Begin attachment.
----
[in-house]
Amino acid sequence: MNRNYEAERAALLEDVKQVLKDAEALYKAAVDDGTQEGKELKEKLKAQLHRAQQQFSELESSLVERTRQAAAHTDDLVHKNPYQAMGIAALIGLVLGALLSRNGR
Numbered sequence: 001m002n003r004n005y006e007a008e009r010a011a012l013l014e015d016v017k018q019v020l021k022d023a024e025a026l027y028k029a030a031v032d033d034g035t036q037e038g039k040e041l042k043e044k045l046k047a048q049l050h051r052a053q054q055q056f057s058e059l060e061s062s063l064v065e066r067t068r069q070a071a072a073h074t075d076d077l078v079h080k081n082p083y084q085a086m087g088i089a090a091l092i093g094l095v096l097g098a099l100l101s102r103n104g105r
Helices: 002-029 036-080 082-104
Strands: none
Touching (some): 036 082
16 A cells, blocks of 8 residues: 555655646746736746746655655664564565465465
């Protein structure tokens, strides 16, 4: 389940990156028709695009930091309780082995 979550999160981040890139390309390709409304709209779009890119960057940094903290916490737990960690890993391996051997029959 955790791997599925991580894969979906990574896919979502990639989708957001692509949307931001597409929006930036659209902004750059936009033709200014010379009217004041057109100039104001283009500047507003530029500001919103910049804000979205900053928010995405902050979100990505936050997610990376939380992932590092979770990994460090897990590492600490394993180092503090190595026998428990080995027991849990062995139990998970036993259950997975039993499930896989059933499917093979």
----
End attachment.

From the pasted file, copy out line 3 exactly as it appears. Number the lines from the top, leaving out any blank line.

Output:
Numbered sequence: 001m002n003r004n005y006e007a008e009r010a011a012l013l014e015d016v017k018q019v020l021k022d023a024e025a026l027y028k029a030a031v032d033d034g035t036q037e038g039k040e041l042k043e044k045l046k047a048q049l050h051r052a053q054q055q056f057s058e059l060e061s062s063l064v065e066r067t068r069q070a071a072a073h074t075d076d077l078v079h080k081n082p083y084q085a086m087g088i089a090a091l092i093g094l095v096l097g098a099l100l101s102r103n104g105r